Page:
Vandals put spotlight on shortfall in hub security
A RECENT break-in at the Mt Druitt Hub has revealed a lack of lighting impacting the effectiveness of security cameras monitoring the site at night.
About 11.30pm on July 11, the library was broken into. Nothing was stolen but windows were smashed and books were left scattered.
A Blacktown Council spokeswoman said “some CCTV images were useful (but) others were too shadowed”.
Cr Charlie Lowles raised the issue at the council’s August 5 meeting, recalling a safety audit of the site in 2011. “We looked at where the CCTV and lights should be,” Cr Lowles said.
“I am quite concerned about the fact that five years later, we have CCTV and villains come again but you can’t recognise them. I honestly don’t blame anybody in this. It is something that has fell down completely.”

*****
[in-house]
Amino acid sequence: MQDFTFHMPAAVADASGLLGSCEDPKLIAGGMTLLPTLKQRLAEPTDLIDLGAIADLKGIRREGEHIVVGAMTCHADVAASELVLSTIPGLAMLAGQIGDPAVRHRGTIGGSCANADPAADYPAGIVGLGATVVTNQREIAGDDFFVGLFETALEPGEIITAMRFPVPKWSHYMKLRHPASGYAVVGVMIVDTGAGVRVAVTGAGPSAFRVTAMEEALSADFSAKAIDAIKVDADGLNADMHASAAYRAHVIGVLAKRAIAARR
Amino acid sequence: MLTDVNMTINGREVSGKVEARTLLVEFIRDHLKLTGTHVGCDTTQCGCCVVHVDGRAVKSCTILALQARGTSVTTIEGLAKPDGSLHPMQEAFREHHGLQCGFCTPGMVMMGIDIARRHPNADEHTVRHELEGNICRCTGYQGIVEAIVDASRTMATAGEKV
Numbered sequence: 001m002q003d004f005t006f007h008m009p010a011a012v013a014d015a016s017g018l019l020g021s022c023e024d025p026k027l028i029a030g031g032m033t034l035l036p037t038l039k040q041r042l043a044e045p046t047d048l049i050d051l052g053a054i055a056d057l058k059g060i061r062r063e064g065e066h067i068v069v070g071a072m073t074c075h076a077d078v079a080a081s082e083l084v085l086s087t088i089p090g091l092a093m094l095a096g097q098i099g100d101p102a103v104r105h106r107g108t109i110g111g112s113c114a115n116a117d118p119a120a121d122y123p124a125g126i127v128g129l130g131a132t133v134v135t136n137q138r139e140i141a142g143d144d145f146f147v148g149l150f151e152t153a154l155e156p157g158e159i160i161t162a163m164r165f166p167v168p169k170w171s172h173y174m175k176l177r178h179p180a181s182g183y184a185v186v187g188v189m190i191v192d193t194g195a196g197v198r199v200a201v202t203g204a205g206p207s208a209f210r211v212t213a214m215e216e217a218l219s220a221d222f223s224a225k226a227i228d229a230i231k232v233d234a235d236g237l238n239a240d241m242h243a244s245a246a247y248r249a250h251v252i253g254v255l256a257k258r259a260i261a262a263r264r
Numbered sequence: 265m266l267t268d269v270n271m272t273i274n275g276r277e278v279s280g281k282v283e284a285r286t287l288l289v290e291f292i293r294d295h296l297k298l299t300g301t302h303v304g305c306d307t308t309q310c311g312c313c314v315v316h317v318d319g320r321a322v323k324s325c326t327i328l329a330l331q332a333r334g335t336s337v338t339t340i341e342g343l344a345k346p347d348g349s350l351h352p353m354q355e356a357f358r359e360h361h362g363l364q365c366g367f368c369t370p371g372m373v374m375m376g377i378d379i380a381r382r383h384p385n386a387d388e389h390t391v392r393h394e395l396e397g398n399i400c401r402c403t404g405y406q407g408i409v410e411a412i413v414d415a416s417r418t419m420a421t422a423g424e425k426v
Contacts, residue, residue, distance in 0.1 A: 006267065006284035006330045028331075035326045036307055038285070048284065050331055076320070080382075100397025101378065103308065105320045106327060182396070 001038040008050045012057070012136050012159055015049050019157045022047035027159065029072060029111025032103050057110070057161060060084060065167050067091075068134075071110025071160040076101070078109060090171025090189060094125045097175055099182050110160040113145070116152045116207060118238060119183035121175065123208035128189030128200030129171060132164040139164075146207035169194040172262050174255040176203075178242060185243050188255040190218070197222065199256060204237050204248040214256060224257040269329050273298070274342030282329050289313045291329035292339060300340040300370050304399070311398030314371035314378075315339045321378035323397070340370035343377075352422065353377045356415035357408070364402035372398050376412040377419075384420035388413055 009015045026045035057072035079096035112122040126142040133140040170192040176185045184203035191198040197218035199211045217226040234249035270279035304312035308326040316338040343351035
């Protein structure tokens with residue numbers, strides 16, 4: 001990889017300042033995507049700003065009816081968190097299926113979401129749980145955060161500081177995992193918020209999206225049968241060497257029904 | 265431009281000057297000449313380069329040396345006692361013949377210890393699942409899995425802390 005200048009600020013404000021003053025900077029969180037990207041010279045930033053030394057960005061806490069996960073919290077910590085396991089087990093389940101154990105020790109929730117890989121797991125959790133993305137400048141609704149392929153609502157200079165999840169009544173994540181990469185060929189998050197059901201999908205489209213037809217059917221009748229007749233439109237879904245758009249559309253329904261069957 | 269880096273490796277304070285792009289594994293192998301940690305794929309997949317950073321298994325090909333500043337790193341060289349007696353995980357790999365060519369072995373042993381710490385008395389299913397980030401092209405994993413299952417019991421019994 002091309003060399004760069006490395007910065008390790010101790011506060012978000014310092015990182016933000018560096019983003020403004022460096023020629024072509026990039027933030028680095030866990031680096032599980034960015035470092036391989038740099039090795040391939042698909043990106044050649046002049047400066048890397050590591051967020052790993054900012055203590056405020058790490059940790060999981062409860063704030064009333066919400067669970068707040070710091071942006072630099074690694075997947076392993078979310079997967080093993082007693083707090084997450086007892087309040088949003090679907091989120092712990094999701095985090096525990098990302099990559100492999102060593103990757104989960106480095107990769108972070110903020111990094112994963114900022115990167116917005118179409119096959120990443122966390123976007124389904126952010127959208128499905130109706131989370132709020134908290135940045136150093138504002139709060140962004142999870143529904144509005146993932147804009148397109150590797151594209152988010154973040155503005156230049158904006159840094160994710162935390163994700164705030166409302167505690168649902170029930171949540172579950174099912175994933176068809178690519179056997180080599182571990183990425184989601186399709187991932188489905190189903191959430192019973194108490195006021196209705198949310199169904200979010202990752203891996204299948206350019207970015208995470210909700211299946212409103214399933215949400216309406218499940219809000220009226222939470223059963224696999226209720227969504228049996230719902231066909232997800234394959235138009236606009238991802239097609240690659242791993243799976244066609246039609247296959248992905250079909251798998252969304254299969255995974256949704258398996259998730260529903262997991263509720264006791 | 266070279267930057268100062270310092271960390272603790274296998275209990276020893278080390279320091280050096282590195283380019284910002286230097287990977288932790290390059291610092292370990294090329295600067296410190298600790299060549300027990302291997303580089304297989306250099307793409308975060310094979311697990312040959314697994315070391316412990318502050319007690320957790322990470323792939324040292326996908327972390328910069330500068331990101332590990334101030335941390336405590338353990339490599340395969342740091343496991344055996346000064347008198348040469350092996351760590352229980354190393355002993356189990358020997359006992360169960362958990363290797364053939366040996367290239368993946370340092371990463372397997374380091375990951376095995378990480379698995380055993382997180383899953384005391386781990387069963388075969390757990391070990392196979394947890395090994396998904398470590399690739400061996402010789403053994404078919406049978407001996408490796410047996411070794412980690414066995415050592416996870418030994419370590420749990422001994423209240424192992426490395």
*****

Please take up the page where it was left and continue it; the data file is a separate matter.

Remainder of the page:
Cr Lowles expressed fears the multi-million facility could have experienced the same fate as the Woodcroft Neighbourhood Centre, which was destroyed in an arson attack in January.
“I honestly wonder why there is a half-hour gap when that $10 million facility could have went up in flames like the Woodcroft situation,” he said.
“There needs to be a quite good review on how we defend our facility.”
He told The Standard he is glad some good has come out of the incident. “We all should learn by our mistakes,” Cr Lowles said.
Blacktown Mayor Stephen Bali said more regular and rigorous security testing would now take place.
Mt Druitt police said they raised the camera lighting issue some months ago and will reinspect the site with a safety audit next week.